Lara Croft Tomb Raider: The Cradle of Life
2003, PG-13, 116 min. Directed by Jan de Bont. Starring Angelina Jolie, Gerard Butler, Ciarán Hinds, Christopher Barrie, Noah Taylor, Djimon Hounsou, Simon Yam.
REVIEWED By Marc Savlov, Fri., July 25, 2003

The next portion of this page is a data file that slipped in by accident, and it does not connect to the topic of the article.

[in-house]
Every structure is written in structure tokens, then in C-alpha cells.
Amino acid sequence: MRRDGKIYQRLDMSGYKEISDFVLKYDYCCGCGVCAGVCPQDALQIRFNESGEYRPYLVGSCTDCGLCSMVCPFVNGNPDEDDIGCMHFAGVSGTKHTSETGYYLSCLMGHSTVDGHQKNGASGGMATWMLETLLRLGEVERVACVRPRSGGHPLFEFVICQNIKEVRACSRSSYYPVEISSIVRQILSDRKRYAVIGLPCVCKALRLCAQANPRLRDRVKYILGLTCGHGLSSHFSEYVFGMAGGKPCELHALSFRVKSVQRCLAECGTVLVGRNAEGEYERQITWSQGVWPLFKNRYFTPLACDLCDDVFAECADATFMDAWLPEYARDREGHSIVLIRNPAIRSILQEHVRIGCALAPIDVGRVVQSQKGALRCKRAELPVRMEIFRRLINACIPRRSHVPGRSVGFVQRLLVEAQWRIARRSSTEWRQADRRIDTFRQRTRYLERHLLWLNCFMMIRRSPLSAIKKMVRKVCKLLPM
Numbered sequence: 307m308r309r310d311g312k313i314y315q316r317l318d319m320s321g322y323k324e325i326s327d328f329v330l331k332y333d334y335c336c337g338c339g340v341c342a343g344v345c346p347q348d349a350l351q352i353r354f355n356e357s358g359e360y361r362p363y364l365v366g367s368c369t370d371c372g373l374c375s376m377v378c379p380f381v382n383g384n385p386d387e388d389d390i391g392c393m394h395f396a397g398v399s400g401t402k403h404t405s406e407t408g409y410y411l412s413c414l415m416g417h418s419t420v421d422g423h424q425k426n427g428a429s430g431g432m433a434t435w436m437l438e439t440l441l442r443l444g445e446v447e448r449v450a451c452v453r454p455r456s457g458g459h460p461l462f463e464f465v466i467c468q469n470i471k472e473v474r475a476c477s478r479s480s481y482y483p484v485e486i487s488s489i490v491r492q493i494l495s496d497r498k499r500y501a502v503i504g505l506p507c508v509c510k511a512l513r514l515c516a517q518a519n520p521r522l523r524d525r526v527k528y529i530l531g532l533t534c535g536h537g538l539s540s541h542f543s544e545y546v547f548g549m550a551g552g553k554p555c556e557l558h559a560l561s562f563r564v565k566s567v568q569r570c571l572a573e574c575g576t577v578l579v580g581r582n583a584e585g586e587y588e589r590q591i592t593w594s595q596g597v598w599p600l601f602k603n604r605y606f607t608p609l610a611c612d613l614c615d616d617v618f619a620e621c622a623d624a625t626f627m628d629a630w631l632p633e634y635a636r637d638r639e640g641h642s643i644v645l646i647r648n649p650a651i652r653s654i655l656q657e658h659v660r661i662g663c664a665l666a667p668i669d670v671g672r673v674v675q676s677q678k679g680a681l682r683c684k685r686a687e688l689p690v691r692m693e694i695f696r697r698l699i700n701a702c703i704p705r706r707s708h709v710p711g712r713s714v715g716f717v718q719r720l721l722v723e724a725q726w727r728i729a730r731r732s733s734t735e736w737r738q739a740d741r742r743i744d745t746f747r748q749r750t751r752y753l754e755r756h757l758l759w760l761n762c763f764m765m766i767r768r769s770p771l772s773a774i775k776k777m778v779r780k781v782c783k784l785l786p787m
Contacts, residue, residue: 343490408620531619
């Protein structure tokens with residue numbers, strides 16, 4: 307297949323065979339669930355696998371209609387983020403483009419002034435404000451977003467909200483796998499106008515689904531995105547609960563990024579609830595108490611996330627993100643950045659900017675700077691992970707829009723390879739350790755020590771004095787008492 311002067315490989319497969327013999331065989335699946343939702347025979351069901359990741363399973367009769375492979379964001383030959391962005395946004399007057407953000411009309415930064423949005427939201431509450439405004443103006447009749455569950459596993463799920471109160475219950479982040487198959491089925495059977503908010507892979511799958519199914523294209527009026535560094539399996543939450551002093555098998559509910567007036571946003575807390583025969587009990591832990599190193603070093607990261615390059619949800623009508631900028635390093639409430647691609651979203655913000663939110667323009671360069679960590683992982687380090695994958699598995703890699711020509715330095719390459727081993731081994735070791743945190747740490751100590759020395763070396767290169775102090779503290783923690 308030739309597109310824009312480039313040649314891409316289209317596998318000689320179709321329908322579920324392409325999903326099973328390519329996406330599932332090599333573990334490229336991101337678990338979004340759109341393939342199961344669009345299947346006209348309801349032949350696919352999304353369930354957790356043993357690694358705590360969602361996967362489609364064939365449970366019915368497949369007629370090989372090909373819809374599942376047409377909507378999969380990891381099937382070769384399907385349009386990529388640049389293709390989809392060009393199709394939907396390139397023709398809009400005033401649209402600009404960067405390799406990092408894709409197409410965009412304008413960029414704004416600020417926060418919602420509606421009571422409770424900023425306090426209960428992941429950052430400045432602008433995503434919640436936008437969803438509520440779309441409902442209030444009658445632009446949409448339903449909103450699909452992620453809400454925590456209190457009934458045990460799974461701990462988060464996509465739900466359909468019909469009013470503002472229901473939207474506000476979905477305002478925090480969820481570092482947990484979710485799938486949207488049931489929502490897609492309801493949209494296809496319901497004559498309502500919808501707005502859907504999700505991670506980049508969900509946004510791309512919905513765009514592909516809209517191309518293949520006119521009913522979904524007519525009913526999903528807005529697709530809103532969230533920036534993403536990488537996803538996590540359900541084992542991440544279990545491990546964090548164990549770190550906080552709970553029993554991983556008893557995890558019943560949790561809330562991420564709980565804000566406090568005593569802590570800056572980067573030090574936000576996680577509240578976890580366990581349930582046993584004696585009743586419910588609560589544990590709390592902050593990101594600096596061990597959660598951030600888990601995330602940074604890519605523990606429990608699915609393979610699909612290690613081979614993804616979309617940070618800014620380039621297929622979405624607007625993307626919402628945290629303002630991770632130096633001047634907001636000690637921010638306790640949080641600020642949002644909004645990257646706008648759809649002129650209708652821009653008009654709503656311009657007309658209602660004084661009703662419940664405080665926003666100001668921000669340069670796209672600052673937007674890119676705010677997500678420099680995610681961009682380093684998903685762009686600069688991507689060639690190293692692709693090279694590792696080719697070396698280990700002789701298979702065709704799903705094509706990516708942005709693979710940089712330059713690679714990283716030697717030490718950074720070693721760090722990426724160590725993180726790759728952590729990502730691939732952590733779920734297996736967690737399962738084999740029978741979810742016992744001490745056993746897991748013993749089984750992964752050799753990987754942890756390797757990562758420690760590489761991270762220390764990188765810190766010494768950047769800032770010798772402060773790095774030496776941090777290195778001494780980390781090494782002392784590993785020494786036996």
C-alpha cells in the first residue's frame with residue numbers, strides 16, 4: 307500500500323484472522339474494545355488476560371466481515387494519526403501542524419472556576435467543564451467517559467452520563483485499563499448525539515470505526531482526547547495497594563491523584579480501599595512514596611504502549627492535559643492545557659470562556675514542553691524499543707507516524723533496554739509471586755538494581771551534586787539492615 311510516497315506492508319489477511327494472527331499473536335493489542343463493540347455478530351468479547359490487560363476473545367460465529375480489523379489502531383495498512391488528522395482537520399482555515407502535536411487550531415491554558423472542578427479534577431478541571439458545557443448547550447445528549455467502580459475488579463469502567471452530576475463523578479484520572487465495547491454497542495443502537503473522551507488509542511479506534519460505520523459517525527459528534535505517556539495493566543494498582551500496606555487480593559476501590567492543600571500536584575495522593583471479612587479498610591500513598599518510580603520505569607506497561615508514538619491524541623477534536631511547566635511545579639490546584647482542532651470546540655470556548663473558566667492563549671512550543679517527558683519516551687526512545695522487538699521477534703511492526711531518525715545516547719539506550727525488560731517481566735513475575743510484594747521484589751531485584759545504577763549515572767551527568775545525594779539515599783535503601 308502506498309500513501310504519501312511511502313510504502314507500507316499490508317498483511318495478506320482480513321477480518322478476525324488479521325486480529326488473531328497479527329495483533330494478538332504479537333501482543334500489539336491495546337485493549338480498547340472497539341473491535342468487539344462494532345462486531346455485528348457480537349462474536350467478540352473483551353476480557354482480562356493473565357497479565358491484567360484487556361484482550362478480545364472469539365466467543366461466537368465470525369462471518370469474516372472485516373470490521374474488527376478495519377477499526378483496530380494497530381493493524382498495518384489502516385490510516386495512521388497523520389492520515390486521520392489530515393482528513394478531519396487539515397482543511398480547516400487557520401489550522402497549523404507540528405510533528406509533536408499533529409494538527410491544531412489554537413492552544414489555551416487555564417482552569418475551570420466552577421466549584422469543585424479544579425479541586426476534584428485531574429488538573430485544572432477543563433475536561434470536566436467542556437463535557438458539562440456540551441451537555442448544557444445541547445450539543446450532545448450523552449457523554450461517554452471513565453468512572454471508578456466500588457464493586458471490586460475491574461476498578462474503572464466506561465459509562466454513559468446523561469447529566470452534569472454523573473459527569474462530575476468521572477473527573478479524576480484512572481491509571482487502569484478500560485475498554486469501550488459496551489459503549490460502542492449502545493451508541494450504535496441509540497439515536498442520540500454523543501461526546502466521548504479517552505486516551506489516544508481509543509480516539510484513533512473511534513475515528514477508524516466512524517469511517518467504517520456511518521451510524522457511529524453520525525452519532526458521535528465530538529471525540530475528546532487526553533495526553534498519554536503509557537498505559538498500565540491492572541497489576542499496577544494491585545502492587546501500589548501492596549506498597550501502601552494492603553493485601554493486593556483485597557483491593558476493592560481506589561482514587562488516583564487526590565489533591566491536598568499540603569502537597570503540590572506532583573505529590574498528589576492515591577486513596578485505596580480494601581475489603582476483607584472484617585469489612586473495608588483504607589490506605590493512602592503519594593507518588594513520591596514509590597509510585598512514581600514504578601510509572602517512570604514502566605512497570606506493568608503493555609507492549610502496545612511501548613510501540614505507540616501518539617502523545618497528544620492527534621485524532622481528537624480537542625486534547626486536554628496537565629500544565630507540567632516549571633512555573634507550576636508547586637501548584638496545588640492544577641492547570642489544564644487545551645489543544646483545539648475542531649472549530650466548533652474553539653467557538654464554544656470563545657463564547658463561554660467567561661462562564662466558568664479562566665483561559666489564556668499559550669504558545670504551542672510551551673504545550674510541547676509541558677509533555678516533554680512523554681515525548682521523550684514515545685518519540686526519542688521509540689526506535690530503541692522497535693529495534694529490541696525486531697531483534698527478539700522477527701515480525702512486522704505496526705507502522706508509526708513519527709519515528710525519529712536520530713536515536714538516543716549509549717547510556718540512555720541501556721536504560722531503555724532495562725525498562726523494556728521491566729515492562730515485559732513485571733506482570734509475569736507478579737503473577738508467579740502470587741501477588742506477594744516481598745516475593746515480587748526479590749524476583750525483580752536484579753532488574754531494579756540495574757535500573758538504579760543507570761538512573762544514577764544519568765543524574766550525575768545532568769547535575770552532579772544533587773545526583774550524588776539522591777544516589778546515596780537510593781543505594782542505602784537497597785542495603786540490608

"Superior to the original" is generally considered a compliment in the world of Hollywood summer blockbusters, but when referencing this sequel to last year’s video-game adaptation Tomb Raider, it’s not saying all that much, the original having been a confusing and loud mishmash of CGI creatures, melodramatic dialogue, and Angelina Jolie’s lips. Those lips return, along with enough formfitting spandex costumes to outfit a full regiment of robotic super-Jolies, in this catty, quick, and peculiarly European-seeming sequel. A co-production between the U.S., UK, Denmark, and Japan, it’s a globe-hopping adventure in the most literal sense of the term. As in its precursor, it follows wealthy Brit adventuress Croft across multiple continents as she seeks to prevent an evil Nobel Laureate (Hinds) from obtaining the real Pandora’s Box. The opening atop a Greek cliff where a wedding party is interrupted by an earthquake (which, in a nod to co-producers Toho-Towa, recalls nothing less than your standard Godzilla opening, minus the giant reptile) that uncovers an underwater tomb, which in turn leads Croft to "the orb" – a resin map to Pandora’s blighted box. As you’d expect from a film based on a video game, de Bont and debuting screenwriter Dean Georgaris have constructed what amounts to an artfully arranged series of action set-pieces, strung together, thankfully, by a semilove story between the leggy Croft and ex-flame-turned-mercenary Terry Sheridan (Butler, aka Dracula 2000’s dark prince). At the behest of Her Majesty and MI6, Croft travels to Khazakstan to secure Sheridan’s release from prison, where he’s spent his time wisely doing reverse push-ups in his cell, the better to look like an extra from The Wild Geese. Sidekicked with Jolie’s excellent British accent, his thick Scottish brogue adds another layer of multiculturalism to an already borderless film (the film could almost be taken as a bizarre World Trade Federation riposte, with Hinds’ resolutely evil Jonathan Reiss as the corporate baddie). Tomb Raider’s aim is somewhat lower on the metaphorical level, however, and so we get Croft and her pal leaping off Hong Kong towers in an impressive bit of stuntwork, running over the tops of the famed Terra Cotta warriors, as well as cars (à la Jackie Chan), and, my favorite, punching a shark in the snout (it roars like a panther) and then riding it to the surface of the ocean. What’s not to like? I’d say Georgaris’ dialogue, which suffers from a propensity toward the banal (he even uses the word at one point) when it’s not being passionately dramatic. But no one goes to a Tomb Raider film expecting Robert Towne-quality dialogue, they go for the action, or, barring that, the chance to see Jolie in yet another stunning outfit. On this end they’re unlikely to be disappointed. In her sleek silver wetsuit and monster sidearms, she’s the female sartorial equivalent of Mario Bava’s Italian superthief Diabolik, another Euro-trash fashion plate handy with a set of matching automatics. The practical applications of a 36-inch ponytail in close-quarter combat are, one assumes, negligible, but there’s no denying Croft’s pin-up status among the PlayStation set. Bombastic it may be, but it’s rarely boring, as was the first Tomb Raider. Keep your expectations in line with the source material and you may be pleasantly surprised.